Institute for Computational Earth System Science (ICESS): The Institute for Computational Earth System Science research provides an environment in which Earth system scientists can closely collaborate and perform computations not possible in many other facilities. The focus is on research and research education in Earth system science, with an emphasis on processes governing the interactions of radiation and Earth. Advances in computer and satellite technology, and the ability to model complex systems, have opened unprecedented opportunities to increase understanding of the Earth as an integrated system. ICESS is on the leading edge of Earth system science research and related computer and data processing technology. It is uniquely positioned to utilize extensive satellite data sets and capabilities from a variety of agencies and organizations.

Institute for Social, Economic, and Behavioral Research (ISBER): The Institute for Social, Behavioral, and Economic Research is the campus Organized Research Unit for sponsored research in the social sciences and, to a lesser extent, the humanities and other units of the university. In 1999-2000, ISBER's 125 PIs and co-PIs, many operating through ISBER's 14 Centers, submitted 81 proposals totaling $14.1 million, and were involved in 123 projects, totalling $9.4 million in contracts, grants, gifts, royalties, and other awards. ISBER's fourteen Centers encompass a wide range of social science research concerns, including Centers for the Advanced Study of Individual Differences, Communication and Social Policy, East Asia, Evolutionary Psychology, Global Studies, Health Data Research, Information Technology and Society, MesoAmerican Research, Middle East Studies, Sexual Minorities in the Military, Spatially Integrated Social Science, the Study of Discourse, the Study of Religion, and Survey Research.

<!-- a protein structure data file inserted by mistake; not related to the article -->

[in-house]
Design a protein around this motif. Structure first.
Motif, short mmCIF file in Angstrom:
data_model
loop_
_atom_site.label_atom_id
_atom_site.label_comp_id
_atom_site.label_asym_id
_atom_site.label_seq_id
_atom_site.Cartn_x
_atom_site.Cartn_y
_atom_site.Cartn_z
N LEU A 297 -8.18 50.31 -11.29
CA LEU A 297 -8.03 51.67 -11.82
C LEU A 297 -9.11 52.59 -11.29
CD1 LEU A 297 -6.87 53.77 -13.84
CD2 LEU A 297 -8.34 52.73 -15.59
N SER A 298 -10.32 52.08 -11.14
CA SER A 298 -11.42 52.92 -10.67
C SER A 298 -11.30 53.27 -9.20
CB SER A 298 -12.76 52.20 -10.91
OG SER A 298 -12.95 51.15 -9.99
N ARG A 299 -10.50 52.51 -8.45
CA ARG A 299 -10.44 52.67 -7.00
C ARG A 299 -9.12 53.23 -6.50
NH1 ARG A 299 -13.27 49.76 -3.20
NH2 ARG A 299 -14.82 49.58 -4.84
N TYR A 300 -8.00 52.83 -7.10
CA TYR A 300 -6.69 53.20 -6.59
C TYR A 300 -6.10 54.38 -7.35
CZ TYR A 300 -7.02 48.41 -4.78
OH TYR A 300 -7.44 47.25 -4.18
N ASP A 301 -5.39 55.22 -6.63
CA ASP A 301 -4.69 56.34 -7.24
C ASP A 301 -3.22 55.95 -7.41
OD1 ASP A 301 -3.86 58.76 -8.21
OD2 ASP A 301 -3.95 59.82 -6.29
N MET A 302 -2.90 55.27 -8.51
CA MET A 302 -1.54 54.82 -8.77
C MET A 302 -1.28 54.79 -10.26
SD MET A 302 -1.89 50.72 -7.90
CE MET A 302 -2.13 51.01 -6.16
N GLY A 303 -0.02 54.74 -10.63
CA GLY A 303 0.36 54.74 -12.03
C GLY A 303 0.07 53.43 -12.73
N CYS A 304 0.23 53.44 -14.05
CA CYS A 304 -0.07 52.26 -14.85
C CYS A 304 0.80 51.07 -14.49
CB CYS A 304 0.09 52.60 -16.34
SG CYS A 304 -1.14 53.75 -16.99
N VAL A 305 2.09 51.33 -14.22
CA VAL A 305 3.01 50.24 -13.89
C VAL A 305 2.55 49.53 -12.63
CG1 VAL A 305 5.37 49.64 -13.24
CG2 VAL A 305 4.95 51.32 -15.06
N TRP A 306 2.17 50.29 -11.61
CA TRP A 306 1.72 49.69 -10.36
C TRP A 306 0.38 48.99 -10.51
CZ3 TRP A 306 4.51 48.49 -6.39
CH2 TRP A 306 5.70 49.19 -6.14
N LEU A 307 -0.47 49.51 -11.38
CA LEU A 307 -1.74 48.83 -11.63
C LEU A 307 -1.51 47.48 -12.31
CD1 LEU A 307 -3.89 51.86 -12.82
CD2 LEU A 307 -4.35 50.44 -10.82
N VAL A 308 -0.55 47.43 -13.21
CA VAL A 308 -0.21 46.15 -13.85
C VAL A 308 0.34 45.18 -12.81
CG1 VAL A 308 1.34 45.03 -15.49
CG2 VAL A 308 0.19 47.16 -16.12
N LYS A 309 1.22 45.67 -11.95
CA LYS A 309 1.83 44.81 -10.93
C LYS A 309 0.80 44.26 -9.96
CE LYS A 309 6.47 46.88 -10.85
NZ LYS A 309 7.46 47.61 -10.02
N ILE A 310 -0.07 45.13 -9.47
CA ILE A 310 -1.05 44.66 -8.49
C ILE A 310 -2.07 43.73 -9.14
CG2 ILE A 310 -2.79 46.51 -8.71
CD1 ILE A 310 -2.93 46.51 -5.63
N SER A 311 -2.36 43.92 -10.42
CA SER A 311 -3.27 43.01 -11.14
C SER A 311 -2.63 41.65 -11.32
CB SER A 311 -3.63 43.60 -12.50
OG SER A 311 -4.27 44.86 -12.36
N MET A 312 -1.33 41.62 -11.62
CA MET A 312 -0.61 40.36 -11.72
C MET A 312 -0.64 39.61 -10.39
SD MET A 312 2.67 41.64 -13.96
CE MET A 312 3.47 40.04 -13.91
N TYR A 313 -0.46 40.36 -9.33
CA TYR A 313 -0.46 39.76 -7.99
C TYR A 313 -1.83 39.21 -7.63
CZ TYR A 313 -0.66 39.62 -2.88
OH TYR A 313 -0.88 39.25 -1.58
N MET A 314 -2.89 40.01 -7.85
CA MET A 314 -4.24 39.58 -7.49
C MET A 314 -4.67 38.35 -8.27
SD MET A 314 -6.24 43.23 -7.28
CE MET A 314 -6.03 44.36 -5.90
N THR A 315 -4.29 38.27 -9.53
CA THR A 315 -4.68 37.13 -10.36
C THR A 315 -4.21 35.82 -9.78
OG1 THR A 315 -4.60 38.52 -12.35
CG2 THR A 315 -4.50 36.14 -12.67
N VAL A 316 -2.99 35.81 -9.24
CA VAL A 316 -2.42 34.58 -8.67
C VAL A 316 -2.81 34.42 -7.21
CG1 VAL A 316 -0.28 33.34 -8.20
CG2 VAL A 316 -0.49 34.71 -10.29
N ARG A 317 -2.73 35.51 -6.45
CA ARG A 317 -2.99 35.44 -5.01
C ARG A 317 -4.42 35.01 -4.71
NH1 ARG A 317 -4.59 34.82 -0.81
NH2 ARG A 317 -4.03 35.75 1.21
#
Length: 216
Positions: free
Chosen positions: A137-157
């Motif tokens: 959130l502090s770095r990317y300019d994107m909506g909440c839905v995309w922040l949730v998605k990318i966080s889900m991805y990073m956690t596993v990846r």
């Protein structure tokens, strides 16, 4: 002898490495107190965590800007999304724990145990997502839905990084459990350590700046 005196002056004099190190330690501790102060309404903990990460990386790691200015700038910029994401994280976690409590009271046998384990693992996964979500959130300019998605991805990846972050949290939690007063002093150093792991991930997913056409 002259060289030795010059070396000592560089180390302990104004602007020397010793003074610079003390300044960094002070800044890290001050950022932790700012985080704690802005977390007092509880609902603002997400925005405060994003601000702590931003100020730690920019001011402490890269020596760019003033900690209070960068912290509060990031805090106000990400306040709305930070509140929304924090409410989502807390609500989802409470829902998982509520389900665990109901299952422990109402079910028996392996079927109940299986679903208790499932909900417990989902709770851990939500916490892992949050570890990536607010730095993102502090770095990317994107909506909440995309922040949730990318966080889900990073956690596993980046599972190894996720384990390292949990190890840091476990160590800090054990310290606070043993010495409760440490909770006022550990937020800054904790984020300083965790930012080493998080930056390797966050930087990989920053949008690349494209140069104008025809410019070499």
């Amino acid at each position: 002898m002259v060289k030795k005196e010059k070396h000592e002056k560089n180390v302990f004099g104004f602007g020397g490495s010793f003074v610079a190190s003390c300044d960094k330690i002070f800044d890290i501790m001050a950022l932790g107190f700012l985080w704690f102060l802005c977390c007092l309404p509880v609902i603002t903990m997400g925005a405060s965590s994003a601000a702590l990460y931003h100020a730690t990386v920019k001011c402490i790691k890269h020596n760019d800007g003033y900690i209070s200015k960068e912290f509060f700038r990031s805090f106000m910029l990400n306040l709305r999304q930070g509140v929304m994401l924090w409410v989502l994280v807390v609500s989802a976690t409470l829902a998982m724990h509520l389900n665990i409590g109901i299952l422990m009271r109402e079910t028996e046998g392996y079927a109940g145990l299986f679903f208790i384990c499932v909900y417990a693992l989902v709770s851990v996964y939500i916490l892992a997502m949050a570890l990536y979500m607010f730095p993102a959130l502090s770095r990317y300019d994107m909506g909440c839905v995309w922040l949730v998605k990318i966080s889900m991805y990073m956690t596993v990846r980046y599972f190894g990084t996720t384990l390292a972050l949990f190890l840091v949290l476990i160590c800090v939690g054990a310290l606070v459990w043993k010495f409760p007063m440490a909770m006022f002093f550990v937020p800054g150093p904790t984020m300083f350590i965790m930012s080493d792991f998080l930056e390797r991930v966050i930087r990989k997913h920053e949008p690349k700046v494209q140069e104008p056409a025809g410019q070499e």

Interdisciplinary Humanities Center (IHC): Founded in 1987 with the express purpose of fostering innovative research and teaching across traditional disciplinary boundaries, the IHC supports interdisciplinary research, conferences, and guest lectures as well as

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interdisciplinary seminars co-taught by two or more faculty and a variety of faculty/graduate student Research Focus Groups that bring together participants from different departments around topics such as "African Studies," "Early Modern/Romantic Studies," "Religion, Ecology, and Culture," "Gender, Media, and Globalization," "Queer Theory," "Human-Animal Relations," "Transnational Cultures," and other themes.